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One of the more interesting experiences of my life occurred when I was about 13-years old and I was on an airplane headed to Spain to study for the summer with a group of high school students. The airplane had literally been held up about 20 minutes because of me. I was so much younger than the other travelers that no one was too interested in spending much time with me. Consequently, I had mostly been left to my own devices up to that point in the trip. We were traveling from Detroit to New York and I was almost left in New York. I was eating some food in a food court in Kennedy Airport when I heard my name called over the loud speaker. The first time I heard my name ring out, I thought I was hearing things and simply kept eating. Then I heard it again and I remember putting my food down and looking around for a few moments before getting back to my fast food. Then, at some point I heard my name again with direct instructions that the airplane was leaving. So of course I immediately ran towards the terminal.
I was fairly excited about this trip to Spain. At the time, I was going to a public school in Grosse Pointe outside of Detroit and had become a pretty bad kid. I was so bad, in fact, I remember on one math test the teacher had subtracted three points because I hadn’t spelled my name right. One day, I walked down the hall in school and saw a giant magnet the size of my hand lying on the floor next to a locker. I picked up the magnet and started playing with it. I remember throwing it to a friend of mine and we started playing catch in the hall with it between classes. My friend thought it would be funny at some point to turn his back and not catch the magnet. The magnet kept flying and ended up hitting the biggest stoner in the school in the head. The stoner overreacted and was actually excited because drew some blood.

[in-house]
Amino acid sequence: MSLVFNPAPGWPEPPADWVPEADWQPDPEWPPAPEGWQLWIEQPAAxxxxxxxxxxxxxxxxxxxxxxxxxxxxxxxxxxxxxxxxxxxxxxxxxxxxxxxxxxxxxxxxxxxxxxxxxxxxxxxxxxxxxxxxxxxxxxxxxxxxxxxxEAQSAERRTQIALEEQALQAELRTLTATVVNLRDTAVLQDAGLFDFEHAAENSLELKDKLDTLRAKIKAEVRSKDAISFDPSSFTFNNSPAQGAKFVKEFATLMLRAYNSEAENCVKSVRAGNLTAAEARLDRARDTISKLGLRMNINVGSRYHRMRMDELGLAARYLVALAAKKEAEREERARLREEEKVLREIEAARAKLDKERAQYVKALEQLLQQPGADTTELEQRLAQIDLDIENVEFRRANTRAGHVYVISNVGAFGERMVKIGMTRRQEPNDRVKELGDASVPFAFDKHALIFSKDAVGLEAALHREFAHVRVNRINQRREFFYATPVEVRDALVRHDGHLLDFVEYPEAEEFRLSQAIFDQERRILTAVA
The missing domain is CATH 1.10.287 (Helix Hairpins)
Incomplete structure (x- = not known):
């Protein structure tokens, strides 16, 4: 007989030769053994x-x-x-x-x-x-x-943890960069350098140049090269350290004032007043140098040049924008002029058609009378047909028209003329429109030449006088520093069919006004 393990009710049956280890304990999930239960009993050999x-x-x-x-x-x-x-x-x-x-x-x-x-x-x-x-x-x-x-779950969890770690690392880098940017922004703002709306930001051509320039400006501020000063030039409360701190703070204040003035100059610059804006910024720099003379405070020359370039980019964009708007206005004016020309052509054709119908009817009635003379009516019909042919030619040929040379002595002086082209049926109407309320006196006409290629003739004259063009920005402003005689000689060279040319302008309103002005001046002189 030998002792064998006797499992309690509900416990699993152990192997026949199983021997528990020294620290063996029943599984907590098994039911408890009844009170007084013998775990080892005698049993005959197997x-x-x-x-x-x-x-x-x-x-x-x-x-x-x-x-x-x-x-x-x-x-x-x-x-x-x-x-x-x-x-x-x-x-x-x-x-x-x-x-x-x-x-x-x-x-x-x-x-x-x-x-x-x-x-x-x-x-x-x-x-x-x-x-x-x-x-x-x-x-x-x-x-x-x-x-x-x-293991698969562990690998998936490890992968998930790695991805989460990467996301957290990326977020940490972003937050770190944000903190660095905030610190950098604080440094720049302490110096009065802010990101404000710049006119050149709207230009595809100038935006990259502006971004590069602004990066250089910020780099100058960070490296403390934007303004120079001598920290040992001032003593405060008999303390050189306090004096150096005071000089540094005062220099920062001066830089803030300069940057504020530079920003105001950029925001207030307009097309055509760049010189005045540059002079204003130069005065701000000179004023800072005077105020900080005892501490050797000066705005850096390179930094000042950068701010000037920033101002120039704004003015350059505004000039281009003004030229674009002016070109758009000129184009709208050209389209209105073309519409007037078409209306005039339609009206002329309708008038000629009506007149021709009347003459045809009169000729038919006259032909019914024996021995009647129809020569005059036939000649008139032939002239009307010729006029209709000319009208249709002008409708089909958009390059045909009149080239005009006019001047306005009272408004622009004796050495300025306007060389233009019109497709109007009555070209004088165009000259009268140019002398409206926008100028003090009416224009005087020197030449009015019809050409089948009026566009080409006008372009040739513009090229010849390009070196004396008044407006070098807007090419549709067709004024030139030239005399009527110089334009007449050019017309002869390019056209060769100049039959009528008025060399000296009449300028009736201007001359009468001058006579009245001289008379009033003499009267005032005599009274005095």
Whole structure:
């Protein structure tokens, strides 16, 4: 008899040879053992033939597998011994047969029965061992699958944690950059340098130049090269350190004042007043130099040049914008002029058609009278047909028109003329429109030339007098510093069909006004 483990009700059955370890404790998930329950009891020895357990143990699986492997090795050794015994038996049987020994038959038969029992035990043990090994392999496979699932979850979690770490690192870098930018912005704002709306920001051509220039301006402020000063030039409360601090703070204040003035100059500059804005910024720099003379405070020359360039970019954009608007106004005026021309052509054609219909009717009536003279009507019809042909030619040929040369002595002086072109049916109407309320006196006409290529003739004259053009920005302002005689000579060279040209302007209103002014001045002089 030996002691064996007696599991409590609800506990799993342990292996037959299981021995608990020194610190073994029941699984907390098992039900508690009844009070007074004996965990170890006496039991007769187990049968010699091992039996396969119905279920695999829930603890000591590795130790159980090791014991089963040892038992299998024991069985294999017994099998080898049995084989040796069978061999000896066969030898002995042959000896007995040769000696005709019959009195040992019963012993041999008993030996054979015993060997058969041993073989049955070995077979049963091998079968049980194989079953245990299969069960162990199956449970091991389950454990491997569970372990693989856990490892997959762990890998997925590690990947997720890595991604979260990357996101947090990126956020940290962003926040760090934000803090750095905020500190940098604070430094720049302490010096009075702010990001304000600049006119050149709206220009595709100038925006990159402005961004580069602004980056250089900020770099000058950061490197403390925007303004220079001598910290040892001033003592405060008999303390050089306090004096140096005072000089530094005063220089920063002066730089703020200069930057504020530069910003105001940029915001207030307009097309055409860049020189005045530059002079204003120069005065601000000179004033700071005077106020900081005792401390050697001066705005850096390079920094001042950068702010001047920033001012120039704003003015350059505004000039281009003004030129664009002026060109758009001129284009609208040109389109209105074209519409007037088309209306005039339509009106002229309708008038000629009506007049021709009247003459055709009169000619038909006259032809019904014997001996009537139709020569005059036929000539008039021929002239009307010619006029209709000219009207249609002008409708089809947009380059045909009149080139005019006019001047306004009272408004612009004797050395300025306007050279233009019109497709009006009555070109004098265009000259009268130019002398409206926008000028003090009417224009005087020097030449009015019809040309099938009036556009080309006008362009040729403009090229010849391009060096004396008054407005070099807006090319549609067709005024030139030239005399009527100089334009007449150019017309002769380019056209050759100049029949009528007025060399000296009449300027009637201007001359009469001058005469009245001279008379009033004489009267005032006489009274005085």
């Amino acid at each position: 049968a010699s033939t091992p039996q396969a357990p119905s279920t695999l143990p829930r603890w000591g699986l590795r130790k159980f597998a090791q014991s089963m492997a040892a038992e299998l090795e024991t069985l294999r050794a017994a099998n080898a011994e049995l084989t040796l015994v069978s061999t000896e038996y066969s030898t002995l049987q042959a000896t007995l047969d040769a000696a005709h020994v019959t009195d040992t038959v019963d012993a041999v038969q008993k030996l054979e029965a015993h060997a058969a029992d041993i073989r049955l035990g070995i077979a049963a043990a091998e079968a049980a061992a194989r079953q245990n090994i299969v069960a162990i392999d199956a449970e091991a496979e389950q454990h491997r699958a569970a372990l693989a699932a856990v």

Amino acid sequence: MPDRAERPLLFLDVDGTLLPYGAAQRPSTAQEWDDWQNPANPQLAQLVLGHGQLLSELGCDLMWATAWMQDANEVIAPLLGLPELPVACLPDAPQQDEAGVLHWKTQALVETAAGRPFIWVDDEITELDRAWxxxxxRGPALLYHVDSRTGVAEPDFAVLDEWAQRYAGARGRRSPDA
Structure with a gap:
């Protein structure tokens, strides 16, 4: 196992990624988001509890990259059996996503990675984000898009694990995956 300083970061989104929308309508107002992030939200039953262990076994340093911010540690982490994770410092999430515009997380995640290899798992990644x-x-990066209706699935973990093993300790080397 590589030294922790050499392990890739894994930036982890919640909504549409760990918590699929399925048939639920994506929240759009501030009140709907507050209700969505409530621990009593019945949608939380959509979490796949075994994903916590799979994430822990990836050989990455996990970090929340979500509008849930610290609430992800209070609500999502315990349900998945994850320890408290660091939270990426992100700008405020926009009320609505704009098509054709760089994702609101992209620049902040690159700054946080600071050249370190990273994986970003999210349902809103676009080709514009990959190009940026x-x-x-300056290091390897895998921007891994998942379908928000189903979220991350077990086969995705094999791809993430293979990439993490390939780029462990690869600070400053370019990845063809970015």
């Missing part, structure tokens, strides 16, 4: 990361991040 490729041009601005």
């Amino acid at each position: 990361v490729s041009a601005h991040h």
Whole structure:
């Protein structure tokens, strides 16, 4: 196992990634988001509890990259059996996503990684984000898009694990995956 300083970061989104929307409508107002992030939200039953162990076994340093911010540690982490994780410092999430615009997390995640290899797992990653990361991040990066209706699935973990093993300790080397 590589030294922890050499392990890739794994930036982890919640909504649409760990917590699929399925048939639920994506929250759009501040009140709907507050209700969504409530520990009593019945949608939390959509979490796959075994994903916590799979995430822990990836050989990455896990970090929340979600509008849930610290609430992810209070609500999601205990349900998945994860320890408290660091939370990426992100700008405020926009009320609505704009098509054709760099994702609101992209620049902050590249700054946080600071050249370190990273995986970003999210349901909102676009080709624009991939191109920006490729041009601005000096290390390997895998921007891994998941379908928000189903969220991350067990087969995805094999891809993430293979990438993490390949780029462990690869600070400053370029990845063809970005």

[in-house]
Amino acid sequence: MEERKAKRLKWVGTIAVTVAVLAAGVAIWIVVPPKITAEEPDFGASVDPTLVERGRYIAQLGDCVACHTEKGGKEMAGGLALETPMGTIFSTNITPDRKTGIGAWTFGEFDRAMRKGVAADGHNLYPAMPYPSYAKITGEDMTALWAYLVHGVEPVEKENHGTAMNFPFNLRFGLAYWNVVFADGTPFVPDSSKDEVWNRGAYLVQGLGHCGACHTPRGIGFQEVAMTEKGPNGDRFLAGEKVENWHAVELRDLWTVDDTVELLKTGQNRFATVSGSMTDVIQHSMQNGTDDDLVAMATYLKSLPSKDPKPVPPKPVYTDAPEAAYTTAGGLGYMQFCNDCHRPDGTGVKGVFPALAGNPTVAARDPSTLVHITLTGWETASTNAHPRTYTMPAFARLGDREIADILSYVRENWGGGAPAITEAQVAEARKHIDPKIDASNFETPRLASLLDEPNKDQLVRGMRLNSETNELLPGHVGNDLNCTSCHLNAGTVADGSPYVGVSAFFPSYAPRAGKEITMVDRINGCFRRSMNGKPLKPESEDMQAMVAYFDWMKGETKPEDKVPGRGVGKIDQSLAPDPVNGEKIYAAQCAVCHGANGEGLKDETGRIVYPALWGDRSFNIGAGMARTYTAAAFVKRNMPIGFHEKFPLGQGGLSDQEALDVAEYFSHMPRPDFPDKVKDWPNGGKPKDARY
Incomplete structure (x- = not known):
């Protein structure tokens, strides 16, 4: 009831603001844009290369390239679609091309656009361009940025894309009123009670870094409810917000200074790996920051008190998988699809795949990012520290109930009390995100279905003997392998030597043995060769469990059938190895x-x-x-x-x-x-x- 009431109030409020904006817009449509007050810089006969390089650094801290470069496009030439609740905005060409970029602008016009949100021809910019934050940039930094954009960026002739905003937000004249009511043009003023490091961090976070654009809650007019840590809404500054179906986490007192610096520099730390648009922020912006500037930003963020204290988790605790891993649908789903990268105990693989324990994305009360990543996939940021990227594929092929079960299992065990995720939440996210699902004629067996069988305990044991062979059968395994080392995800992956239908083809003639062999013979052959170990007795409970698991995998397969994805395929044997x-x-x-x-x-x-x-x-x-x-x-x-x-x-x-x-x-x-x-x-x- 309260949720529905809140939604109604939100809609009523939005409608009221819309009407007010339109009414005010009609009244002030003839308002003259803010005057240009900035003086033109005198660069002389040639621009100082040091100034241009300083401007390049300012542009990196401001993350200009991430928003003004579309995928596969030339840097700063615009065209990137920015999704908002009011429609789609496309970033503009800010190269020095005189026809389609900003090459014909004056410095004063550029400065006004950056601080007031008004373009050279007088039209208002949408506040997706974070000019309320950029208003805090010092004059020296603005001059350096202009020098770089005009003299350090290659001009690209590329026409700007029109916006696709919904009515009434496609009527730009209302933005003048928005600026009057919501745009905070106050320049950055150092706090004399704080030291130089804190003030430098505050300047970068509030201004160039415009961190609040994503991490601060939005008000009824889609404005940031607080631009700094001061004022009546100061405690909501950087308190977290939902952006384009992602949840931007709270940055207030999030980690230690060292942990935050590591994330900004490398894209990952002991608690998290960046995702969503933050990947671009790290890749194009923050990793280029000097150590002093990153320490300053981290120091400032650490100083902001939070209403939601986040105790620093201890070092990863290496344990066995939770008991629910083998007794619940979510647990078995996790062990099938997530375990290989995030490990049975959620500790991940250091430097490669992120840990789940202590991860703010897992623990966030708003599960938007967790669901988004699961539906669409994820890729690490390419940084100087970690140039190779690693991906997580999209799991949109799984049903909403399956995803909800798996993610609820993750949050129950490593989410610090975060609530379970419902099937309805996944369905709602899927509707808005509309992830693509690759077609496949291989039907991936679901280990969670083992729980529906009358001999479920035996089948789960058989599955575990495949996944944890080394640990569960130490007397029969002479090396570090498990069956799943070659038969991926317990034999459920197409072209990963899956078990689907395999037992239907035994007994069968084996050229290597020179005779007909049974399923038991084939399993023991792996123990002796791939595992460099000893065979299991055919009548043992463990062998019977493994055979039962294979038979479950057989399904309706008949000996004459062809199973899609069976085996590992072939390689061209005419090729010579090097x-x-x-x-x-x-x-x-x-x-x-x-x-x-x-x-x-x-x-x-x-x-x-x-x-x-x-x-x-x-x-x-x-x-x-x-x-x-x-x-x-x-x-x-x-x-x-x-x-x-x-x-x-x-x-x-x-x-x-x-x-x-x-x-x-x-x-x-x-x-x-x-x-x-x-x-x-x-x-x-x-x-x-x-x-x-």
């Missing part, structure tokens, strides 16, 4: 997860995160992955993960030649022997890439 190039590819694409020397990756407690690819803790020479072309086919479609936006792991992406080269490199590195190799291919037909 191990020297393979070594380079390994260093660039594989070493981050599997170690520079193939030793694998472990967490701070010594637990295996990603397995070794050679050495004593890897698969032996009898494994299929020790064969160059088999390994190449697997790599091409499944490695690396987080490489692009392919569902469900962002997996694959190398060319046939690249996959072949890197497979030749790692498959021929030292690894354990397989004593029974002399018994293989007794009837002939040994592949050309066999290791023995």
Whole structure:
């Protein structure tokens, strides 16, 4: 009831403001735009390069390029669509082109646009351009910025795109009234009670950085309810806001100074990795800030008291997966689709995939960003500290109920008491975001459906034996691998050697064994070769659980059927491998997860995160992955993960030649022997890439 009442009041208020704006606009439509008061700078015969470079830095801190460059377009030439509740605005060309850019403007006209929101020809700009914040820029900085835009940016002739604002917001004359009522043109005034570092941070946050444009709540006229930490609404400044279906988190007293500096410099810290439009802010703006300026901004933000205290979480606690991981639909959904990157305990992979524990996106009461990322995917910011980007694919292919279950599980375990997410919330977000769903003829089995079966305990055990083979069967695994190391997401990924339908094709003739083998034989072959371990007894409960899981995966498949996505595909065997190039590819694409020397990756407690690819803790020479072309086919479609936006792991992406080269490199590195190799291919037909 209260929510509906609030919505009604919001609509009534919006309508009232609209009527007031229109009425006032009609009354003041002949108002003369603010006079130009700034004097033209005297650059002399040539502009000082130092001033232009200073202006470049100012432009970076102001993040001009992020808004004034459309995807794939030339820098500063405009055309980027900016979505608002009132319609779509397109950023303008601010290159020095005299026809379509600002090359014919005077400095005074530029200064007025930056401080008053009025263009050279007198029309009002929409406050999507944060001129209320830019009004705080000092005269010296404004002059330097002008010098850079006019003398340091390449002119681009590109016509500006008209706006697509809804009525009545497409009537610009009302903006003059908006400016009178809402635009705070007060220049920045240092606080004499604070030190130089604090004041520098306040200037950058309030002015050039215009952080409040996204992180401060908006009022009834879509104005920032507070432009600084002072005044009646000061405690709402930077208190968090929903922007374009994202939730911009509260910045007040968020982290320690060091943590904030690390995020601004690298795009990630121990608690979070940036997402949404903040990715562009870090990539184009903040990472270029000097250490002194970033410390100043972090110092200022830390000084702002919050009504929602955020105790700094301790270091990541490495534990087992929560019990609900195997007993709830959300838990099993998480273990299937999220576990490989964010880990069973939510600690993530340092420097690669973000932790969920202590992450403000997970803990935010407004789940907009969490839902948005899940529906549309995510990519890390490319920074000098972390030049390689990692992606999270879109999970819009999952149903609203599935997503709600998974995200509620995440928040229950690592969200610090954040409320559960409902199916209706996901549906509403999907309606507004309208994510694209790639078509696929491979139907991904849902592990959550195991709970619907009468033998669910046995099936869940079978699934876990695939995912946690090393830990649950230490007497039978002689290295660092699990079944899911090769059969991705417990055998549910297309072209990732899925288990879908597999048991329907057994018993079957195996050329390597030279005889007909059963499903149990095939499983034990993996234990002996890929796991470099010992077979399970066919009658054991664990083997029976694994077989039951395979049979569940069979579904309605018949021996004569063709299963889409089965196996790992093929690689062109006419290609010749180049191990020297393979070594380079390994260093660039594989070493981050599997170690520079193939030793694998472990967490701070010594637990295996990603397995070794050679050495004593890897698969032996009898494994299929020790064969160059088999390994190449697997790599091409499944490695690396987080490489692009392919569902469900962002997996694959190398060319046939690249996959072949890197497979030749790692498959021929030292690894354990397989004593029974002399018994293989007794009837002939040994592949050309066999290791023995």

”Dude, I’m going to be able to at least get out of the rest of the day,” he told me as we sat together in the principal’s office.
The strangest thing ended up happening that day. I went into the principal’s office and he started telling me about how I was going to get suspended for throwing this magnet and how it was “assault” and all sorts of things. Then he asked me where I got the magnet. I took him to the front of the locker where I found it and when he opened the locker he found more magnets (stolen from the science lab) and also drugs. The police ended up coming to the school and everyone completely forgot about me. Apparently, several other students ended up getting involved and when I walked by the principal’s office at the end of the day I saw the stoner with five or six other students still sitting in chairs waiting to talk to the principal and a bunch of police.
That’s how I almost got suspended from middle school.
The worst thing about my experience in public school was the dress and grooming habits I picked up. This was in the day of Members Only jackets, Sassoon and Jordache Jeans, and big male hair. It was the 1980s. One day, my best friend and I went to get haircuts. He ended up getting a perm and the same place figured out a way to blow up my hair so it was three times its normal size, parted down the middle. I remember my friend’s mother actually beat him up over this. She brought him over to my mother’s house the night after the bad haircut holding him by the back of his shirt and telling my mother that we needed to be sent to military school. She then called up the hair salon and yelled at them. I think she may have sued them in small claims court. I also started picking up language that was intentionally grammatically incorrect, but in that environment various phrases were considered cool.